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Several gene therapies are or will soon be in late-stage human trials. One of them could be the first to get FDA approval for sale in the U.S.
Despite promising results in controlling neuronal activity, leaders in brain research still wrestle over turning their work into treatments.
From millions of random mutations, scientists identify a virus that could make gene therapy for inherited retinal diseases safer and more effective.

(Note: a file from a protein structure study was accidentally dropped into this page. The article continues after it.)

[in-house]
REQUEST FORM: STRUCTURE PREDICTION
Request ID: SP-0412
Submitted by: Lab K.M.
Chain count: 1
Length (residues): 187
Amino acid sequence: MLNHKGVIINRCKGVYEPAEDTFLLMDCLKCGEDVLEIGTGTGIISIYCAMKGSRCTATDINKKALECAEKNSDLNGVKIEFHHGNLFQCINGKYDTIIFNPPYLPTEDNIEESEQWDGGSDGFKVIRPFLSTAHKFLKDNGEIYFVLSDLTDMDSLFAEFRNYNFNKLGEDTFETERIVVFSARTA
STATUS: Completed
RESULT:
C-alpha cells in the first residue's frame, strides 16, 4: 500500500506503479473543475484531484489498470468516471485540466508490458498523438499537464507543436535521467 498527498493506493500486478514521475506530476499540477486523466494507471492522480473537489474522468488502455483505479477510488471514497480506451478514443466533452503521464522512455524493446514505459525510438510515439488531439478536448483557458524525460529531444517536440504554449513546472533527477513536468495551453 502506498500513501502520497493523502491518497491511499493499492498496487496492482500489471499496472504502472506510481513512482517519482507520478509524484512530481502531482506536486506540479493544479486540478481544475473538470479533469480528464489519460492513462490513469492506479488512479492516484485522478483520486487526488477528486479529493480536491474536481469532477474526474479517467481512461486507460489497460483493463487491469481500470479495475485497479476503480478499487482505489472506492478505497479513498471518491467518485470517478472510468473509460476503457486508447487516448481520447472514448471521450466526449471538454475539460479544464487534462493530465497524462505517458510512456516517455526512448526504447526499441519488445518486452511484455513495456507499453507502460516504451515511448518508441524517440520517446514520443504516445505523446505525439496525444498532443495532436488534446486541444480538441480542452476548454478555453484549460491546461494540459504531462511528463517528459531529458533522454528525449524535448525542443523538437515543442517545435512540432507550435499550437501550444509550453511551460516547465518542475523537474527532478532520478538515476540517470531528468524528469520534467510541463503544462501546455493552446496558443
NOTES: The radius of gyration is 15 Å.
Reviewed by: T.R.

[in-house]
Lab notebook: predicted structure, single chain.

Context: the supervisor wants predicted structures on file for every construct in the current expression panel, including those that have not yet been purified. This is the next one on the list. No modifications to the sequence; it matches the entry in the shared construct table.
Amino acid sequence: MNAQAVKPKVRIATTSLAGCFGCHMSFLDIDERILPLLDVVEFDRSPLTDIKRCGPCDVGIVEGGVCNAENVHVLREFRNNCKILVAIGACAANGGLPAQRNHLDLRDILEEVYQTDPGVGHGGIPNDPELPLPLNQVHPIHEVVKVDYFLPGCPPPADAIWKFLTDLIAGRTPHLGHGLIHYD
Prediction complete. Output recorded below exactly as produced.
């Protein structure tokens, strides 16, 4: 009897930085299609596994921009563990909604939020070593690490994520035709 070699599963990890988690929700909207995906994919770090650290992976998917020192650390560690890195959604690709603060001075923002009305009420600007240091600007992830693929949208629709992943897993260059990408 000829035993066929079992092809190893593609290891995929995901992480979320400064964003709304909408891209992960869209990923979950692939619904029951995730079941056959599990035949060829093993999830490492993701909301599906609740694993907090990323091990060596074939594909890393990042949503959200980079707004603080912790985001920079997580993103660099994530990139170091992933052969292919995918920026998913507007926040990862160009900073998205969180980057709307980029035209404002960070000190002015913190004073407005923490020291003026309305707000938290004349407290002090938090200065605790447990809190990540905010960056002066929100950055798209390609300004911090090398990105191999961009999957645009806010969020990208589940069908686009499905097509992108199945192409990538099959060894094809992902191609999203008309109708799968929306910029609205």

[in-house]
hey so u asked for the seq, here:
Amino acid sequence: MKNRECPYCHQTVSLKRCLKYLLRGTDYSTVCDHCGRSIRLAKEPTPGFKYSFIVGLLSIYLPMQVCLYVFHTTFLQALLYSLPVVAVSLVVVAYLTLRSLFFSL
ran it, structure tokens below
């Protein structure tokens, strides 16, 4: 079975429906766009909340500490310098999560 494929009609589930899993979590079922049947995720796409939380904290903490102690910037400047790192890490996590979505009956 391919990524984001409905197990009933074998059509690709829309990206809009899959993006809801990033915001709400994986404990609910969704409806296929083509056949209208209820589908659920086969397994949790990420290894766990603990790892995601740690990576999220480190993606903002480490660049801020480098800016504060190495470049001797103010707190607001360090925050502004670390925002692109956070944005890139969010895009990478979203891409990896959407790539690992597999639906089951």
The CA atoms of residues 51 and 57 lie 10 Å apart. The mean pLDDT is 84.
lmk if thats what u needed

A light-sensitive polymer could offer a new way to develop artificial retinas.
A device that uses no externally visible gear enables patients to read letters and see faces.
The technique would retrain cells that typically don’t respond to light.
A small biotech firm is the second company to start human tests of embryonic stem-cell therapy.
Delivering light-sensitive proteins to the retinas of blind mice restores some vision.
Embryonic stem cells growing in a dish can spontaneously form complex structures resembling the retina—a discovery that could one day help restore sight to the blind.